A CBDC could bestow a number of advantages on a country that embraces it. The risks of runs on banks and financial institution failures will be greatly reduced. Moreover, cross-border payment costs will be lower with the diminished complexity of transfer systems and easier cooperation between international bodies and governments.
Even more, economic infrastructure could be brought to populations of the unbanked – people who do not have access to a financial institution but do have a digital device like a mobile phone. Also, where consumers will have direct contact with central banks, otherwise costly infrastructure will no longer be necessary.
CBDCs however, are not without their challenges. The broad-scale changes a digital currency would bring to household expenses, investments, banking reserves, rates of interest, and the wider financial and economic sectors remain unknown. With the unknown comes immeasurable risk. More specifically, the effect of a CBDC on liquidity is unknown, for example, during a financial crisis and the facilitation of money withdrawals. Equally, central institutions use monetary policy to impact inflation, as well as interest rates, spending, and loans, which influence things such as employment rates. Implementing CBDCs will require that central banks have the tools at their disposal to positively nudge the economy.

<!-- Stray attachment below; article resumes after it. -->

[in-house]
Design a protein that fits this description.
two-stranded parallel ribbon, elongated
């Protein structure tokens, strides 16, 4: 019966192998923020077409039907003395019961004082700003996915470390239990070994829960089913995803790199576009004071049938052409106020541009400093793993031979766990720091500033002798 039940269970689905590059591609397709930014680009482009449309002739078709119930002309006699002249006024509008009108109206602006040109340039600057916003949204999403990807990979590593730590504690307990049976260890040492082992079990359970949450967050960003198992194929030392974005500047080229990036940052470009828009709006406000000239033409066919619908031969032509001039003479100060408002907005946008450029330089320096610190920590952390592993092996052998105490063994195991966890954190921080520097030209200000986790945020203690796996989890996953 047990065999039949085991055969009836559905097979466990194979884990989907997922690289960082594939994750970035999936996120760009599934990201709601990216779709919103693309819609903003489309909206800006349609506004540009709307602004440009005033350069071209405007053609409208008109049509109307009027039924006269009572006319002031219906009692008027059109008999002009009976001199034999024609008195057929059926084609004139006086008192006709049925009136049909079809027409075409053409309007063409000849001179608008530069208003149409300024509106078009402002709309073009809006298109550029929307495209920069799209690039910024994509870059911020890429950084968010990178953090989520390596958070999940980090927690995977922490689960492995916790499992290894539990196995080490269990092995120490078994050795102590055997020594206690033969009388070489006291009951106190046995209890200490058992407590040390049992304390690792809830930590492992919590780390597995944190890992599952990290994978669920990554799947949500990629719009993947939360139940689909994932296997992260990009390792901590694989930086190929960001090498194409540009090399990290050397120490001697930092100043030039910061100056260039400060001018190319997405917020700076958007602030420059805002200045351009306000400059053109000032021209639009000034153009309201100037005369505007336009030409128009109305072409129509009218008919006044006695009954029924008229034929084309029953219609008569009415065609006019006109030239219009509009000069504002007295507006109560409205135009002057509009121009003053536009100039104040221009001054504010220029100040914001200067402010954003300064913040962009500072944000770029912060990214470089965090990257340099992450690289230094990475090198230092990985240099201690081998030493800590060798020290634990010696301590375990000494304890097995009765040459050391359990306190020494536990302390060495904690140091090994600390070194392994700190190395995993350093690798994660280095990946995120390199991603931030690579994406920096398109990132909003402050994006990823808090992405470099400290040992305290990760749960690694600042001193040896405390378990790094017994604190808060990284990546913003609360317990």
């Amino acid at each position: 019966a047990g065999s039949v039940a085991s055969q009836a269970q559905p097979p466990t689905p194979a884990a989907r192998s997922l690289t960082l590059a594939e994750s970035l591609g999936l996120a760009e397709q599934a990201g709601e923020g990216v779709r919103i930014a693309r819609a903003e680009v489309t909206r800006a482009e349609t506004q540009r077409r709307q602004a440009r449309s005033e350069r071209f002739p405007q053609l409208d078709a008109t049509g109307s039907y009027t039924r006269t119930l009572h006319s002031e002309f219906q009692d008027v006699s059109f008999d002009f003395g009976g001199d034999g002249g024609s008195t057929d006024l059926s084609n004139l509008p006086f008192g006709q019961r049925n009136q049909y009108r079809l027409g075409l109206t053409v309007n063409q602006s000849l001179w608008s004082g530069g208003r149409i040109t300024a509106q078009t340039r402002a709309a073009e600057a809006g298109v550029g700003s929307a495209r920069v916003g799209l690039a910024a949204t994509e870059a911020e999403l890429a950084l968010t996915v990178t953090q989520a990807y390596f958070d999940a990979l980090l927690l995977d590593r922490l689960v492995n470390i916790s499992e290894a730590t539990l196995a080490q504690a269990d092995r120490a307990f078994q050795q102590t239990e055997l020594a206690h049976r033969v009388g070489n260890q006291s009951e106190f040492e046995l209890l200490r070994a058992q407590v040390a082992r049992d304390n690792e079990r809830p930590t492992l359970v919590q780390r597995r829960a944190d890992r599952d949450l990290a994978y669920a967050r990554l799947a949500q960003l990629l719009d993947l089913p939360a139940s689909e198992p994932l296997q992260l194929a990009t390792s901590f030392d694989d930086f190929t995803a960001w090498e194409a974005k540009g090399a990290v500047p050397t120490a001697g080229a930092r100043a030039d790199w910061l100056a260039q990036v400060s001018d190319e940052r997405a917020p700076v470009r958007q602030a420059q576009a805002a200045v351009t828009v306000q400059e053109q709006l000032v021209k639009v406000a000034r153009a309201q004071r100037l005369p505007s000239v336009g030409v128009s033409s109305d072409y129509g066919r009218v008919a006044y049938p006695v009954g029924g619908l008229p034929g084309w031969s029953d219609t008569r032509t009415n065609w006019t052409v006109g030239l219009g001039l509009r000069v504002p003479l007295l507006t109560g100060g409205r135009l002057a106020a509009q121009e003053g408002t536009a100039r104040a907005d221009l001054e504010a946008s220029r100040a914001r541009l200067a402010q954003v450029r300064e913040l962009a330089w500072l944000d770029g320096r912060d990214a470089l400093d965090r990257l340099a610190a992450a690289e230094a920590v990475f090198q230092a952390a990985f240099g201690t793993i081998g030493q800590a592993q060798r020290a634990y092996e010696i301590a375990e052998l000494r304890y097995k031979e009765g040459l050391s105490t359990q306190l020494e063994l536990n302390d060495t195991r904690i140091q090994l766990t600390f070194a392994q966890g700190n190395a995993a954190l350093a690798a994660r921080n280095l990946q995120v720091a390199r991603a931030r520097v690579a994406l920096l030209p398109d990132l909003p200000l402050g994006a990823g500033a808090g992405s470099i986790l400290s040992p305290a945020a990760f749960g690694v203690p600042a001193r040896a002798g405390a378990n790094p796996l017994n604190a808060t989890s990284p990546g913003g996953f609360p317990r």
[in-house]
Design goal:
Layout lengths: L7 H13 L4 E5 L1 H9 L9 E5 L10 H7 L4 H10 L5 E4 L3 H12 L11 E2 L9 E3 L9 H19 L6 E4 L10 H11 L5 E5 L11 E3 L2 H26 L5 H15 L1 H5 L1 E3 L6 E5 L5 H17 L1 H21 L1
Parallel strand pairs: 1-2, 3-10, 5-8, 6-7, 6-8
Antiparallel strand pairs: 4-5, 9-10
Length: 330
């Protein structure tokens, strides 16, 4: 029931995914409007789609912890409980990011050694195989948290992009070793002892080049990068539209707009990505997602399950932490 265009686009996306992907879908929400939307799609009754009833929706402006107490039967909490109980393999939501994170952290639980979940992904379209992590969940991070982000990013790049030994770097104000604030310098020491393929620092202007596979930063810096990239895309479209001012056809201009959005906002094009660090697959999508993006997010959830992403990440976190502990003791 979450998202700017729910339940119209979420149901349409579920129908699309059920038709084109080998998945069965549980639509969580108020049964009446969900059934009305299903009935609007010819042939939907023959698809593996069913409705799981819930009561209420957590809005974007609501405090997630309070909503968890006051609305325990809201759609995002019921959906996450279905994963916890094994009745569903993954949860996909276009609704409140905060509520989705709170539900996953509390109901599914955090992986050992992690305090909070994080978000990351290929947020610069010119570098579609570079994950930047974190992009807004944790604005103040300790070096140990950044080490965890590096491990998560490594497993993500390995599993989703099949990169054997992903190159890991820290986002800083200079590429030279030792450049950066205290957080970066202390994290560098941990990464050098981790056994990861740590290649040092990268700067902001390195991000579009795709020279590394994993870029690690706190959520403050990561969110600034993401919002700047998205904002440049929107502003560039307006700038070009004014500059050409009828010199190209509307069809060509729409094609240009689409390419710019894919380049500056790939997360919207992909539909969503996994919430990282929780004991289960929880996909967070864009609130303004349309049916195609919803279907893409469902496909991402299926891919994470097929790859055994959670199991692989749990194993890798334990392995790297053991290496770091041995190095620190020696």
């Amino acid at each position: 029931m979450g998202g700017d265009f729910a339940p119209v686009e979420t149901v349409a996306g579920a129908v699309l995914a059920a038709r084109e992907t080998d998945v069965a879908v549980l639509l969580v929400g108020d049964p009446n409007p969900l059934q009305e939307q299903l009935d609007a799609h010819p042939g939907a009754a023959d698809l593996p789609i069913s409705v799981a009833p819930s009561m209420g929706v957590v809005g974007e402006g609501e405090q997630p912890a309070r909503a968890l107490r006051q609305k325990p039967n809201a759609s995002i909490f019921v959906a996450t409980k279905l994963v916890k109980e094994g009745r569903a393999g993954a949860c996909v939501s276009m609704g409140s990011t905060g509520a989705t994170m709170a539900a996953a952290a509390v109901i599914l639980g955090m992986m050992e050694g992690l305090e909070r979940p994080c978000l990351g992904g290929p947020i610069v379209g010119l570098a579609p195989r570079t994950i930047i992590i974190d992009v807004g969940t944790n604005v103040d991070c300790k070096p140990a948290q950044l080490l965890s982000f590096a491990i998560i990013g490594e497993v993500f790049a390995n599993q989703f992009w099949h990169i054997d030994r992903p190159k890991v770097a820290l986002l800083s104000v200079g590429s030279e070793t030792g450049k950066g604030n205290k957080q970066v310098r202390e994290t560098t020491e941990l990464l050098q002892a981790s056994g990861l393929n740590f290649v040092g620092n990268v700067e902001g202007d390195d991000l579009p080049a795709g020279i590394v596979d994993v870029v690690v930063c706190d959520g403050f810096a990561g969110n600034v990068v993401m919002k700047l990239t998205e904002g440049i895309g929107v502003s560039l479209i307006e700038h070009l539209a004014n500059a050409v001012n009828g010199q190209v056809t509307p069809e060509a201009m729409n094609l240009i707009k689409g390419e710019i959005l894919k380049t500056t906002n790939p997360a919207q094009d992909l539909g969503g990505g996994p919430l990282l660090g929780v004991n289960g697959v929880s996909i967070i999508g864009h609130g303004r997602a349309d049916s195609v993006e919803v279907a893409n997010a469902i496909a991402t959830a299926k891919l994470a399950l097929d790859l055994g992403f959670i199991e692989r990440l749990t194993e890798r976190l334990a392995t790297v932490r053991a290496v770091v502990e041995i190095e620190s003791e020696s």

Also, cryptocurrencies have seen their fair share of press coverage, not least of all because of the attention they have attracted from thieves and hackers. CBDCs will no doubt attract the same groups and will therefore require substantial protections and securities to make them worthwhile.
As touched upon previously, the decentralized nature of cryptocurrency enables the supreme privacy of the individual. This facet of cryptocurrencies alone fostered an immense following and has remained a hot topic of debate.
For CBDCs to function, a marked level of intrusion would have to be included. Not just because of the need for governments to collect taxes (again as previously mentioned), but also because of the need to monitor and regulate financial crime, primarily in the forms of money laundering and the financing of terrorism. These two economic elements are so huge as to be threats to the national security of whole countries and could fill the space of an article by themselves.
105 countries, which represent around 95% of global GDP, are exploring a CBDC as of May 2022 and according to the Atlantic Council. This is in comparison to two years previously when only 35 countries were exploring the use of digital currencies. Thus far, 10 countries have fully launched a digital currency, with the leviathan in global finance – China – set to expand through 2023.
Many more countries too, are exploring the possibility of CBDCs due to the advent of Russia’s invasion of Ukraine. Of the G7 economies, the UK and the US are the furthest behind in their development of a CBDC, with the European Central Bank looking to deliver a fully digital euro by the middle of the 2020s. Significant progress has also been made by Russia, India, Japan, and South Korea in the last six months (16 of the G20 countries are already in the development phase of their digital currencies).
All this activity has caused some experts some consternation since the world financial system may suffer at the hands of profound interface and inter-connectedness issues through a lack of accommodating infrastructure and international standards. Everything is happening apace and other aspects of society must dash to keep up. It is a space being watched and influenced by many.